“Injustice anywhere is a threat to justice everywhere. We are caught in an inescapable network of mutuality, tied in a single garment of destiny. Whatever affects one directly affects all indirectly.”
Rev. Dr. Martin Luther King, jr. would have turned 90 years ago this past week. Tomorrow, we as a nation will commemorate Dr. King’s legacy. We remember Dr. King as a hero of the Civil Rights movement. An example of courage and hope in the face of seemingly insurmountable injustice. A martyr for the cause of the liberating, life-giving Gospel of Jesus Christ. And so, this morning, Arianne and I decided it would be appropriate to spend some time reflecting on Dr. King’s sacred witness.
This morning, we read part of the introduction to Dr. King’s Letter from Birmingham City Jail. Remarkable. The letter reads almost like one of the Epistles of Paul. Like Paul, Dr. King addresses a specific concern by appealing to the Gospel and offering a universal application. And, as we do whenever we read scripture, it’s important to consider the context in which this letter was written.
Birmingham, Alabama was widely considered one of the most deeply segregated cities in the United States in the 50s and 60s. This was in part due to the severity of the segregation laws and ordinances in places. And due to the severity of the violent backlash that met anyone who spoke out against them.
In 1963, the Alabama Christian Movement for Civil Rights invited Dr. King and other leaders in the Southern Christian Leadership Conference (SCLC) to come to Birmingham and take part in the Birmingham Campaign. The campaign was series of protests and direct actions they had devised to resist segregation in Birmingham.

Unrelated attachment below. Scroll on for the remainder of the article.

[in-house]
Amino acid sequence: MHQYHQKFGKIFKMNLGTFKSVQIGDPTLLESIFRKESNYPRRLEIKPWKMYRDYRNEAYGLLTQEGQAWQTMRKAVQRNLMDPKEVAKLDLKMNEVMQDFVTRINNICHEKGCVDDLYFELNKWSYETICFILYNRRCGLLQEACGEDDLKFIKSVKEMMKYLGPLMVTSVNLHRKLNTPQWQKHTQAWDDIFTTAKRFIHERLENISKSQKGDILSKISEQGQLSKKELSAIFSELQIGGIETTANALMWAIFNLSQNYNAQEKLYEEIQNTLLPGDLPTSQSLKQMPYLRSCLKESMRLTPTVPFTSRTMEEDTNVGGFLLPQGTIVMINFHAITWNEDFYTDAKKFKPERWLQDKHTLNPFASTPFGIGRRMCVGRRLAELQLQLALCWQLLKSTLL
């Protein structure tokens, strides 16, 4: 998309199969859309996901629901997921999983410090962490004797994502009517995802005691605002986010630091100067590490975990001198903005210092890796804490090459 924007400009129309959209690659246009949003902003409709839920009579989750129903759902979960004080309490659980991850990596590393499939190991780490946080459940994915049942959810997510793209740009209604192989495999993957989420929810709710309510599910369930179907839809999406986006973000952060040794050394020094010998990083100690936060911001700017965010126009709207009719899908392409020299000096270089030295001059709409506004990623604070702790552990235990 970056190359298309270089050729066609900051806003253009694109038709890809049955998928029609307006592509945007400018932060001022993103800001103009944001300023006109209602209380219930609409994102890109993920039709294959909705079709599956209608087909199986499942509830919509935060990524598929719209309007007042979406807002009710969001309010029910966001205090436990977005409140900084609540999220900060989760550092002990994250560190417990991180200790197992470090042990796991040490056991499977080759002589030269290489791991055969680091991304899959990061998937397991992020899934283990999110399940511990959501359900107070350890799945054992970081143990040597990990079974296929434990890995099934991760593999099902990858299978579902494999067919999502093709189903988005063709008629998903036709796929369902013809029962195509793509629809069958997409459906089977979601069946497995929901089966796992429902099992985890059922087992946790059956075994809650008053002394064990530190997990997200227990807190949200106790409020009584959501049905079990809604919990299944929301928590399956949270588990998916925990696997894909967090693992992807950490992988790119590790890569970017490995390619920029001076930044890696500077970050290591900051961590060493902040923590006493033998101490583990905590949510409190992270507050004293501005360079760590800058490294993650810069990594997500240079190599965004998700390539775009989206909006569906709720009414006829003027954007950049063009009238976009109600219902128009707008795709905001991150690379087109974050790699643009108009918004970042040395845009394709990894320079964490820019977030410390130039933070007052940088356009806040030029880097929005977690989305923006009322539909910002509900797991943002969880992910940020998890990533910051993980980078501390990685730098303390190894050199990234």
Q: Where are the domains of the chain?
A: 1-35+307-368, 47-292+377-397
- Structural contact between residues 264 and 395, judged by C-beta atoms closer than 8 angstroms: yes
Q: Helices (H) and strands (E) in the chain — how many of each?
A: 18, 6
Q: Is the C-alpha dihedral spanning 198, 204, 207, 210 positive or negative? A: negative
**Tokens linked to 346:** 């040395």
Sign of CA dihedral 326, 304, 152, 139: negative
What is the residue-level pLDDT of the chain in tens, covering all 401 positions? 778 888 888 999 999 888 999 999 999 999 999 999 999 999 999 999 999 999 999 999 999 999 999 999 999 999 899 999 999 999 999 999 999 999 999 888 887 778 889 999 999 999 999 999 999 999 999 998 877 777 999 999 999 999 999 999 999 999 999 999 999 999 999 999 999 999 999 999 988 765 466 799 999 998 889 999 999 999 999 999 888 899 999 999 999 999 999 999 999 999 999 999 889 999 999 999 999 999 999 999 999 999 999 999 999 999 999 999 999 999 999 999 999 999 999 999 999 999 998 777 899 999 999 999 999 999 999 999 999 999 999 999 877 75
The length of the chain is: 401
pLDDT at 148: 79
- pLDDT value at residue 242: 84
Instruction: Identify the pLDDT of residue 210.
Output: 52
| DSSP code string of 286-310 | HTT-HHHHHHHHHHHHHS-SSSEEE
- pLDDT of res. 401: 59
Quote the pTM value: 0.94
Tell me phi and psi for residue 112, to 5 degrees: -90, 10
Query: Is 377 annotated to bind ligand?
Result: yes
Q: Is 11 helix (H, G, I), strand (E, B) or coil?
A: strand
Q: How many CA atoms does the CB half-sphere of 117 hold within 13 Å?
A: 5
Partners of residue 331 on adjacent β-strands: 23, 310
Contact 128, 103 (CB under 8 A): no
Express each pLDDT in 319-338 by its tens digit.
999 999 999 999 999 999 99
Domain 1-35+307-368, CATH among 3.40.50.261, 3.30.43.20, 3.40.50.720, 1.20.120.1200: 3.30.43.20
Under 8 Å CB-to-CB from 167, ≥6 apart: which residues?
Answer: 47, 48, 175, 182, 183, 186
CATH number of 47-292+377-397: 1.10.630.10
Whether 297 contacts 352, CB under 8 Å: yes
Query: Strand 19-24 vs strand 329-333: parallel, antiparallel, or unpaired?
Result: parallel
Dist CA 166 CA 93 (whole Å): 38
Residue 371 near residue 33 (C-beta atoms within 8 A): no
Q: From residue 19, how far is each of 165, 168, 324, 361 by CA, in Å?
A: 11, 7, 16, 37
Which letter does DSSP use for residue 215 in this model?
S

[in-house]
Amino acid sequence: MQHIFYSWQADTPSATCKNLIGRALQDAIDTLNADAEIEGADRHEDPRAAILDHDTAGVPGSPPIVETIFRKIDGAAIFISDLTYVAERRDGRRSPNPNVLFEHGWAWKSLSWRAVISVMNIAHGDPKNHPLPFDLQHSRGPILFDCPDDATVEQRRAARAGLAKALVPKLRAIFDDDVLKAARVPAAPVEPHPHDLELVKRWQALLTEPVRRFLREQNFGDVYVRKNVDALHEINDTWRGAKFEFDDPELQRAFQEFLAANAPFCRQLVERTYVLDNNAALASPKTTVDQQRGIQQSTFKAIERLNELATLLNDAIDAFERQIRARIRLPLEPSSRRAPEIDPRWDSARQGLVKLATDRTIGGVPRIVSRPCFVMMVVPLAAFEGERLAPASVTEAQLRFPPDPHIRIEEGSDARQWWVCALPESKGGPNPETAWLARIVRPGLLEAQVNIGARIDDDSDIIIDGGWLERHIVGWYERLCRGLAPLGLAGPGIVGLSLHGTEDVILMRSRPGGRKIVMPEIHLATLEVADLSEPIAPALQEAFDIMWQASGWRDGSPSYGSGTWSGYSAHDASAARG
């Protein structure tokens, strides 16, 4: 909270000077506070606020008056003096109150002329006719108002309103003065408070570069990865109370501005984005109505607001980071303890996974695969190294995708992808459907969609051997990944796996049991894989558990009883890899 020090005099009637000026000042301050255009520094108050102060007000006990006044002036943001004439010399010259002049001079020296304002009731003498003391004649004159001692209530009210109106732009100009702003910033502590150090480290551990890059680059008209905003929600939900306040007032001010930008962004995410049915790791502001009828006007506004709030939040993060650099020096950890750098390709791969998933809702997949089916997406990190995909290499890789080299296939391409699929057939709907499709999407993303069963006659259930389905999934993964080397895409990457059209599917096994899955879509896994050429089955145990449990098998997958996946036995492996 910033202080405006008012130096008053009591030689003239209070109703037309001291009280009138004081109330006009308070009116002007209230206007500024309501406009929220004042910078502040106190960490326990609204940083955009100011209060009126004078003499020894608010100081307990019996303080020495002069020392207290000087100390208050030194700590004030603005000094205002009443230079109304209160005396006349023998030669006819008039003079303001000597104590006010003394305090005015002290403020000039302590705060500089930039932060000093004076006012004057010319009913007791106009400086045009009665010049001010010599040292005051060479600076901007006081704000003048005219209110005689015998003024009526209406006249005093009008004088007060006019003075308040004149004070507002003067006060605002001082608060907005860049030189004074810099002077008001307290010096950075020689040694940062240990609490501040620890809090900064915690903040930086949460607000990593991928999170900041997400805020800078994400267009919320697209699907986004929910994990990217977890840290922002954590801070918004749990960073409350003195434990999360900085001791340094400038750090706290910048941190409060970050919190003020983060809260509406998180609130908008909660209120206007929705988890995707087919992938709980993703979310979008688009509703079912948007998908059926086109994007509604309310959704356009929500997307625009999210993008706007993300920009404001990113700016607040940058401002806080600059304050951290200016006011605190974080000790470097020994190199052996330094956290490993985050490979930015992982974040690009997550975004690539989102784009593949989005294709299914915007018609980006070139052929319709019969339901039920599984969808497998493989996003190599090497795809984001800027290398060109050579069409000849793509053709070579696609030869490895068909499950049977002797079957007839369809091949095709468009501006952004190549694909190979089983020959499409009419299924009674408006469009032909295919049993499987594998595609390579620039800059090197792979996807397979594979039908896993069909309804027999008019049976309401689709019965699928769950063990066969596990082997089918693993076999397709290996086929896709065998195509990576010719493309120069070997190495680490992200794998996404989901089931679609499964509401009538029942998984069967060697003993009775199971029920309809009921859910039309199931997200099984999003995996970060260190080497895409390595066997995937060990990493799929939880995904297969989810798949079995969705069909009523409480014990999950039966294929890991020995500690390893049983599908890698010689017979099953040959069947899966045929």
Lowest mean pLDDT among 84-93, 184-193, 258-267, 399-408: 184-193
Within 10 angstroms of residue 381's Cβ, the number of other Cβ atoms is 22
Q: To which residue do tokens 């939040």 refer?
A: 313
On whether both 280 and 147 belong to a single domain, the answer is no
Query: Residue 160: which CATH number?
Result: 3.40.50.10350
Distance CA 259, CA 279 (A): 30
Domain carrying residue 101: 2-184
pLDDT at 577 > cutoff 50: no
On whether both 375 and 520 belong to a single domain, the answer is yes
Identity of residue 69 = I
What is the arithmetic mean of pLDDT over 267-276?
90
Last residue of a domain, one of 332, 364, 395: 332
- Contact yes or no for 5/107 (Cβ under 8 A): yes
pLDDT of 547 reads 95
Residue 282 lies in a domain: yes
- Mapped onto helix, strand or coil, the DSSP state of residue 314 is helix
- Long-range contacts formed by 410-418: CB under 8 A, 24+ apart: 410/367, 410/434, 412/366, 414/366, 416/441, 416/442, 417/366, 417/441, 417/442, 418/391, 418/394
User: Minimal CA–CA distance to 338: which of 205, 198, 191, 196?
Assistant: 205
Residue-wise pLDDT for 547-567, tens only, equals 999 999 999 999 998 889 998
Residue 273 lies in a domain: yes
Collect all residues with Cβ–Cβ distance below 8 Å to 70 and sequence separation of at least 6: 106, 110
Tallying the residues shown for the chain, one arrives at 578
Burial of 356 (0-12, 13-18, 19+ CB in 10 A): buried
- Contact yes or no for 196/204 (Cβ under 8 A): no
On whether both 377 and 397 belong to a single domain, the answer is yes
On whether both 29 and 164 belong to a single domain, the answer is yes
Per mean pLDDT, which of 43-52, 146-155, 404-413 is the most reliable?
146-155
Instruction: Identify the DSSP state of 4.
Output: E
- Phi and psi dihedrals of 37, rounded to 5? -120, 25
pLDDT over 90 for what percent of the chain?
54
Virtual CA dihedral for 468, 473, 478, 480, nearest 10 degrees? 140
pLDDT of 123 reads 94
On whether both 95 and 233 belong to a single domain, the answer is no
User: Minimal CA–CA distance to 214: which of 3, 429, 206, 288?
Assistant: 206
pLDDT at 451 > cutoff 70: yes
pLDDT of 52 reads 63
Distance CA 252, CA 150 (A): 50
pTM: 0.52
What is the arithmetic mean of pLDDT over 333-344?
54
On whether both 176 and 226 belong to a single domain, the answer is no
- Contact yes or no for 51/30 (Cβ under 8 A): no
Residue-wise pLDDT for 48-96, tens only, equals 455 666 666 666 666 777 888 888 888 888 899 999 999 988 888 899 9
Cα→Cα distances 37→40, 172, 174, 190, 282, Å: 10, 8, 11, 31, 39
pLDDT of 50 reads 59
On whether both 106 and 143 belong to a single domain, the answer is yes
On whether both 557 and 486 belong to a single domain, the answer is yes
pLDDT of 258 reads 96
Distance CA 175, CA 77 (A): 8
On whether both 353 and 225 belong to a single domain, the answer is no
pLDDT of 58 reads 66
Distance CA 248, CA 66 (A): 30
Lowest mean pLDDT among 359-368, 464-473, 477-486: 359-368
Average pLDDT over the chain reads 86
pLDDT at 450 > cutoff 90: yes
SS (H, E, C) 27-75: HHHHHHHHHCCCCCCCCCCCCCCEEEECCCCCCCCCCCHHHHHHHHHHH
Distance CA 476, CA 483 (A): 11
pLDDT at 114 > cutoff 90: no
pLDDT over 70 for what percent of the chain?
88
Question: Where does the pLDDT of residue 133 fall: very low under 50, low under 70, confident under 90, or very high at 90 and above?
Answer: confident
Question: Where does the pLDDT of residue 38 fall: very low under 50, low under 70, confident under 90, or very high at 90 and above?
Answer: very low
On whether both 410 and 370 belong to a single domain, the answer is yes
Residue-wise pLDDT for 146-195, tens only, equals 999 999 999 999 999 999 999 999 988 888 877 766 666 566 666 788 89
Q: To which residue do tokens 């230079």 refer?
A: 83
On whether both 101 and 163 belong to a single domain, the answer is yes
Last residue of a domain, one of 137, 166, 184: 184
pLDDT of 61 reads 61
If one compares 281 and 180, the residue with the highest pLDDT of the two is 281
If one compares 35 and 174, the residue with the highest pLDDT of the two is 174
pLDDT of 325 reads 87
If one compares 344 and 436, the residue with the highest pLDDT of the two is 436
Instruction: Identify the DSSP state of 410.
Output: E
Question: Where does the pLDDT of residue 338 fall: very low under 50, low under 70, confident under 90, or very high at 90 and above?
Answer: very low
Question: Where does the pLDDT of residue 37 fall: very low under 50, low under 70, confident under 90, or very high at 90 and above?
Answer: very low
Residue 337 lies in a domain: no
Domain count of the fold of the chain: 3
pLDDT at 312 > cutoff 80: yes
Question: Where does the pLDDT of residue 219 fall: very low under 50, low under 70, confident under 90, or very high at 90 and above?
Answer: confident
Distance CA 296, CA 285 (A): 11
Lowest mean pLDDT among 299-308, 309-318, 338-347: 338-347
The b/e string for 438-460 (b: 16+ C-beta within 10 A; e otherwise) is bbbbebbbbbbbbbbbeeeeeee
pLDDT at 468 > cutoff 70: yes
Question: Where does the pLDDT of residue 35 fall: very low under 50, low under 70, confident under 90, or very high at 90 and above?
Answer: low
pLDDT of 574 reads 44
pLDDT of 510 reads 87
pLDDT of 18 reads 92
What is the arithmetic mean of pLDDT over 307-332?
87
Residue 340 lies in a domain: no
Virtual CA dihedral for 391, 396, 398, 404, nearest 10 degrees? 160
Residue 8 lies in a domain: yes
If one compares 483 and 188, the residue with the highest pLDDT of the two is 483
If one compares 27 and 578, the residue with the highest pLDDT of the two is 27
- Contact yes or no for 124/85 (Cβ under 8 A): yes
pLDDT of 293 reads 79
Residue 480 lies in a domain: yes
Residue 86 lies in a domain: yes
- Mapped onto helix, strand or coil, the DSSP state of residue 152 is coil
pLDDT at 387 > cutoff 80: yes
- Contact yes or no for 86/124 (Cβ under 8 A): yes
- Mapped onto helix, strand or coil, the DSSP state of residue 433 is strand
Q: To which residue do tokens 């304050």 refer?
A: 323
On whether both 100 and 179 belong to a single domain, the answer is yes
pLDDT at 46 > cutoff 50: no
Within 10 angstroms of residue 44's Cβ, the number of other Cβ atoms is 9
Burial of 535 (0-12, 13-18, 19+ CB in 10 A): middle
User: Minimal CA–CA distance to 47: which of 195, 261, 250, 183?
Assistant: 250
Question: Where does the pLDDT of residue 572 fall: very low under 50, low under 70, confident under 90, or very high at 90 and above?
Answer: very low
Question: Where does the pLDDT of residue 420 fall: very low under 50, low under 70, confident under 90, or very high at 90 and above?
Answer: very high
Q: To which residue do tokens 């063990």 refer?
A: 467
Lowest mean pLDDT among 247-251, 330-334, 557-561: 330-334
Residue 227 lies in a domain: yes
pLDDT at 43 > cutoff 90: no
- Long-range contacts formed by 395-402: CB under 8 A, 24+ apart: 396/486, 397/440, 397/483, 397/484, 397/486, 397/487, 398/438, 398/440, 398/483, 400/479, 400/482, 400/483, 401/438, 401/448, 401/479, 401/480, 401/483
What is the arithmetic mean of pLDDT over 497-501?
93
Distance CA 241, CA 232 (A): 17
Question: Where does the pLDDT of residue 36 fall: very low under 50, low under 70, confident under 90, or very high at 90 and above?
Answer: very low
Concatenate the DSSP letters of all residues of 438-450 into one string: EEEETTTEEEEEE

Just over a week into the campaign, the city banned all forms of protest and public demonstrations. Believing the ban to be unconstitutional, Dr. King and the SCLC announced their intention to continue their demonstrations. On April 12, 1963, Dr. King, along with other SCLC leaders and protesters were arrested.
That same day, 8 white Alabama clergymen, including, embarrassingly, 2 Episcopal Bishops, published an open letter condemning the demonstrations in general and the involvement of the SCLC and Dr. King in particular in the local paper. They wrote:
We recognize the natural impatience of people who feel their hopes are slow in being realized. But we are convinced that these demonstrations are unwise and untimely.
Letter from Birmingham City Jail is Dr. King’s response to the 8 white clergymen. The story goes that he was so enraged by their patronizing tone - that he began writing his rebuttal in the margins of the newspaper.
In it, Dr. King lays out a robust and biblically sound defense of the use of nonviolent direct action, civil disobedience, as a form of protest. He argues that we, as people of faith, are compelled by the Gospel to combat systems of injustice. Each of us, he says is called follow Jesus’ example to be, as he puts it, “an extremist of love” in the face of injustice.
He also criticizes the Church for our impulse to protect the status quo, which he identifies as contrary to the spirit of the Gospel and the witness of the early church. In one section, he compares thermometers and thermostats. A thermometer tells you the temperature in the room right now. A thermostat measures the temperature in the room and then makes adjustments to bring it to where it ought to be. The Church is called to be a thermostat, not a thermometer.
We are caught in an inescapable network of mutuality, tied in a single garment of destiny.
I’d encourage you to read the letter in full. Set aside an hour or so today or tomorrow. It will likely make you uncomfortable, as it made me. That’s probably a good thing. When we feel that happening, ask yourself: why. Why am I so upset, why am I putting up my defenses?